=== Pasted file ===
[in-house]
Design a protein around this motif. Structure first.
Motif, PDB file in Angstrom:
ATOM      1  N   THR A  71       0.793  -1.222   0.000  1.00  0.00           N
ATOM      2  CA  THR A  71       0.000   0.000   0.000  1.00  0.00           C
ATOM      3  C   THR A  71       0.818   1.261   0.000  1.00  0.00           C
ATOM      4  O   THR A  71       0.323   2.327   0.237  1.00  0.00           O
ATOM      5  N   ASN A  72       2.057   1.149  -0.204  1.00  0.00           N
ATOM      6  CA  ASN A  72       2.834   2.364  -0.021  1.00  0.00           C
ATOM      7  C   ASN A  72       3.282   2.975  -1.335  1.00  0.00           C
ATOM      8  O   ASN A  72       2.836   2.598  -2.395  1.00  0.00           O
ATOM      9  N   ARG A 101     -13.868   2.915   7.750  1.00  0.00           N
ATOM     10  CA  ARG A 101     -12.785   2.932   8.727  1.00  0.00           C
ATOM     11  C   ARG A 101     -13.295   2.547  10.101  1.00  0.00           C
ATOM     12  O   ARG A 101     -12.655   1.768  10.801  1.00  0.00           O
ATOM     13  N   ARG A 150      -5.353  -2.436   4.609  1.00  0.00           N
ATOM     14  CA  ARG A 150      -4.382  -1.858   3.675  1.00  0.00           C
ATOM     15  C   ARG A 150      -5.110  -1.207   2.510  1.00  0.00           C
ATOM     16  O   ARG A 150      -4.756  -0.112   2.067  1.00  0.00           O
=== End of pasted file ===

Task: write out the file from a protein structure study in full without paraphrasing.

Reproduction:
[in-house]
Design a protein around this motif. Structure first.
Motif, PDB file in Angstrom:
ATOM      1  N   THR A  71       0.793  -1.222   0.000  1.00  0.00           N
ATOM      2  CA  THR A  71       0.000   0.000   0.000  1.00  0.00           C
ATOM      3  C   THR A  71       0.818   1.261   0.000  1.00  0.00           C
ATOM      4  O   THR A  71       0.323   2.327   0.237  1.00  0.00           O
ATOM      5  N   ASN A  72       2.057   1.149  -0.204  1.00  0.00           N
ATOM      6  CA  ASN A  72       2.834   2.364  -0.021  1.00  0.00           C
ATOM      7  C   ASN A  72       3.282   2.975  -1.335  1.00  0.00           C
ATOM      8  O   ASN A  72       2.836   2.598  -2.395  1.00  0.00           O
ATOM      9  N   ARG A 101     -13.868   2.915   7.750  1.00  0.00           N
ATOM     10  CA  ARG A 101     -12.785   2.932   8.727  1.00  0.00           C
ATOM     11  C   ARG A 101     -13.295   2.547  10.101  1.00  0.00           C
ATOM     12  O   ARG A 101     -12.655   1.768  10.801  1.00  0.00           O
ATOM     13  N   ARG A 150      -5.353  -2.436   4.609  1.00  0.00           N
ATOM     14  CA  ARG A 150      -4.382  -1.858   3.675  1.00  0.00           C
ATOM     15  C   ARG A 150      -5.110  -1.207   2.510  1.00  0.00           C
ATOM     16  O   ARG A 150      -4.756  -0.112   2.067  1.00  0.00           O